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European Commission - Press release State of the Union 2017: A framework for the free flow of non-personal data in the EU

To unlock the full potential of the EU data economy, the Commission is proposing a new set of rules to govern the free flow of non-personal data in the EU. Together with the already existing rules for personal data, the new measures will enable the storage and processing of non-personal data across the Union to boost the competitiveness of European businesses and to modernise public services in an effective EU single market for data services. Removing data localisation restrictions is considered the most important factor for the data economy to double its value to 4% of GDP in 2020.

Andrus Ansip, Vice-President for the Digital Single Market, said: "Europe's digital economy is still strongly split along closed national lines. This is holding Europe back from its broader digital growth. Our proposal, together with EU personal data protection rules will enable the free movement of all types of data in the single market. The free flow of data will make it easier for SMEs and startups to develop new innovative services and to enter new markets.”

Mariya Gabriel, the Commissioner for the Digital Economy and Society, said: "To ensure Europe's success in the new era of the digital economy, we need solid and predictable rules for the circulation of data. Citizens and businesses will benefit from better products and services as more and more data becomes available for data-driven innovation. Removing obstacles to cross-border data flows is essential for a competitive European data economy.”


Free flow of non-personal data

A clear, comprehensive and predictable framework will contribute to a more competitive and integrated EU market for data storage and data processing services. The framework proposes:

1.       The principle of free flow of non-personal data across borders: Member States can no longer oblige organisations to locate the storage or processing of data within their borders. Restrictions will only be justified for reasons of public security. Member States will have to notify the Commission of new or existing data localisation requirements. The free flow of non-personal data will make it easier and cheaper for businesses to operate across borders without having to duplicate IT systems or to save the same data in different places.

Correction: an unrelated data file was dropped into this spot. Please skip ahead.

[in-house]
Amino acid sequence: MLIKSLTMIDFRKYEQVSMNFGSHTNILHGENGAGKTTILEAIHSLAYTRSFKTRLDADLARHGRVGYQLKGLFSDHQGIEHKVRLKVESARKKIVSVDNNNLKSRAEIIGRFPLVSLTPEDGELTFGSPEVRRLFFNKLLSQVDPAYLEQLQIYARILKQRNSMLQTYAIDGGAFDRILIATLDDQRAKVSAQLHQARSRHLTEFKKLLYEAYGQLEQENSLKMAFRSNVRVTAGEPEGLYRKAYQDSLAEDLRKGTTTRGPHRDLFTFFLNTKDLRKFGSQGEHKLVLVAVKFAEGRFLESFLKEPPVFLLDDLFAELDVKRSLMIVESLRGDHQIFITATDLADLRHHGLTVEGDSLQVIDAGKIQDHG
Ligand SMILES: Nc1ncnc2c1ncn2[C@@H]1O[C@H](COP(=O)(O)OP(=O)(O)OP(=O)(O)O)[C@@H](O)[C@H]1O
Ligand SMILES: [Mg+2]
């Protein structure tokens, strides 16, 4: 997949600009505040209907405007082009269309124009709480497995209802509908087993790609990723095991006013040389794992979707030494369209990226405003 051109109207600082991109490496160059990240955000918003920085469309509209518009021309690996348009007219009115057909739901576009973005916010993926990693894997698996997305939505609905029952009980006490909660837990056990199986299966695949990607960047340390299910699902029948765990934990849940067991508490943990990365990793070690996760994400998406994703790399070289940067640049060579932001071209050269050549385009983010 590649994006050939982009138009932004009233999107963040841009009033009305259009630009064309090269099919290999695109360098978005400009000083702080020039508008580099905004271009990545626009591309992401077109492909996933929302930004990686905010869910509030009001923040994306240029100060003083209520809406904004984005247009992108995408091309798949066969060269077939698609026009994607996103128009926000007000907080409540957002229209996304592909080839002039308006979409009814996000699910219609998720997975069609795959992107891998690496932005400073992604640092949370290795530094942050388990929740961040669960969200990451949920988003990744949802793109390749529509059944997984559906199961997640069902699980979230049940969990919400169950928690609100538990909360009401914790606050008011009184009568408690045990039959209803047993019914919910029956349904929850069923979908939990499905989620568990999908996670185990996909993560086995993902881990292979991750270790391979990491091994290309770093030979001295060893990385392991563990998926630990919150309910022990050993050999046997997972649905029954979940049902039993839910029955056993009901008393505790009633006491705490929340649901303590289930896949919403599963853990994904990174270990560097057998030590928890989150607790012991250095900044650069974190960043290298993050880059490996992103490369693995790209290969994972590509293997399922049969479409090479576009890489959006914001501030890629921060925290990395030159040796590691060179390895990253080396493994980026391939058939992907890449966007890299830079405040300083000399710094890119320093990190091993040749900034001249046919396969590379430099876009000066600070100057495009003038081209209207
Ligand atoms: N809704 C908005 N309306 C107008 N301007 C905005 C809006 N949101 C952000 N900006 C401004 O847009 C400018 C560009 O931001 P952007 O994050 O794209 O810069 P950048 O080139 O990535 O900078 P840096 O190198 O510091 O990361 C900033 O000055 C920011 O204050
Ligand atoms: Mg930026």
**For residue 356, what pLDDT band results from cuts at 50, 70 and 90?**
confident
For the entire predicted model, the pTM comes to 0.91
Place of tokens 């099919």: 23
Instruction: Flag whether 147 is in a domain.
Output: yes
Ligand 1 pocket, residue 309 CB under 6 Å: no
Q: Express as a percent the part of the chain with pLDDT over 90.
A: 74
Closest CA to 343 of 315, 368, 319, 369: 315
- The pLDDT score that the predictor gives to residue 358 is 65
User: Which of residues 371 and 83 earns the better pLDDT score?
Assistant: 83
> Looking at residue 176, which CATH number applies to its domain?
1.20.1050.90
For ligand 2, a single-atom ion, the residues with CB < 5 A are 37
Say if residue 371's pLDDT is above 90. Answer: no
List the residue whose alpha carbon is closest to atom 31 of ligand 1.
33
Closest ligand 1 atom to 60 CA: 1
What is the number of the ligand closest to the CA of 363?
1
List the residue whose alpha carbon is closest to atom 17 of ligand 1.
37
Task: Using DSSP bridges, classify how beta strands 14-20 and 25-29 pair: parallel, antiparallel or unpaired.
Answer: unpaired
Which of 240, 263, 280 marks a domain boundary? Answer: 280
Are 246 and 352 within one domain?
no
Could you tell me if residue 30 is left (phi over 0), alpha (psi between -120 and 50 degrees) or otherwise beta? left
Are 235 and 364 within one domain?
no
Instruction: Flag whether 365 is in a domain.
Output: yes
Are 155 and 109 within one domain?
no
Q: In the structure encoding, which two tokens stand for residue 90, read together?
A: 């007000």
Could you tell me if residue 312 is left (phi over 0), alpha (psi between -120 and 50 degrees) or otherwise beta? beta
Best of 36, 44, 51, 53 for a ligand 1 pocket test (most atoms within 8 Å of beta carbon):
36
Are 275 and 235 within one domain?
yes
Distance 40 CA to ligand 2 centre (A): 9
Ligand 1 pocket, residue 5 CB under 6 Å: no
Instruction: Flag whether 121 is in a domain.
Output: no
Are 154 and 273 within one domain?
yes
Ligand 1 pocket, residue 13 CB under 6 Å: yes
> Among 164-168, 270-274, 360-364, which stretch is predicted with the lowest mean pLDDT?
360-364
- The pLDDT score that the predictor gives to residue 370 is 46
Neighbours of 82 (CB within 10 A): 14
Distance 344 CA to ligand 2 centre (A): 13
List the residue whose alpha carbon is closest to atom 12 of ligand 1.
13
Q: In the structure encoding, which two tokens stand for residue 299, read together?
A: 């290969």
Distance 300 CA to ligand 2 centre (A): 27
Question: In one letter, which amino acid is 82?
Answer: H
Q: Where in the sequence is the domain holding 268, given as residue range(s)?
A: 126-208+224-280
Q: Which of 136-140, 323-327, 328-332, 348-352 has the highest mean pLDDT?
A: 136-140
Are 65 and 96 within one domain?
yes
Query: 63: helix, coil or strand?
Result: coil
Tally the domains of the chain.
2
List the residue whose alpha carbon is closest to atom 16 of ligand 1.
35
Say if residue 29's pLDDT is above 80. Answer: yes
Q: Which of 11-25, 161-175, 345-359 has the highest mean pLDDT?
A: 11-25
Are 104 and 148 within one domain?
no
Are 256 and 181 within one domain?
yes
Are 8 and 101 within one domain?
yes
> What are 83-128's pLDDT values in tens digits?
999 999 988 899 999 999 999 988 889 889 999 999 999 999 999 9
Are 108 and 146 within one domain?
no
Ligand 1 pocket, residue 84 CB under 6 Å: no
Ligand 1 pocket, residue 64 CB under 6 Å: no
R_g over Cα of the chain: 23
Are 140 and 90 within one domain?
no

2.       The principle of data availability for regulatory control: Competent authorities will be able to exercise their rights of access to data wherever it is stored or processed in the EU. The free flow of non-personal data will not affect the obligations for businesses and other organisations to provide certain data for regulatory control purposes.

3.       The development of EU codes of conduct to remove obstacles to switching between service providers of cloud storage and to porting data back to users' own IT systems.

Benefits for businesses and people

The new rules will increase legal certainty and trust for businesses and organisations. They will also clear the way for a truly EU single market in data storage and processing, leading to a competitive, safe and reliable European cloud sector and to lower prices for users of data storage and processing services. As the aim of the new rules is to increase trust, companies are expected to use more cloud services and to feel re-assured when entering new markets. They will also be able to move their in-house IT-resources to the most cost-effective locations. Ultimately, this means an estimated additional growth of EU GDP by €8 billion per year.

The new measures complement the personal data protection legislation as an additional step towards a truly functional common European data space.



Tackling obstacles to the free flow of non-personal data is one of the key actions announced in the Mid-Term Review of the Digital Single Market Strategy. This proposal complements the measures for Building a European Data Economy launched in January 2017. The proposal also builds upon the revision of the European Interoperability Framework for a better digital collaboration between pubic administrations in Europe.

In its Conclusions of December 2016, the European Council called for action on the free flow of data. Similar calls came from the Estonian Presidency of the Council of the EU in its Vision Paper on the Free Movement of Data, as well as from Members of the European Parliament.

Embracing digital opportunities, including the use of data-driven technologies and services, is also one of the goals of the holistic industry policy strategy presented yesterday.

Today, the Commission also launched a public consultation to evaluate the implementation of the Public Sector Information Directive. It seeks views on how to improve accessibility and re-use of public and publicly funded data as well as on access to privately held data of public interest.



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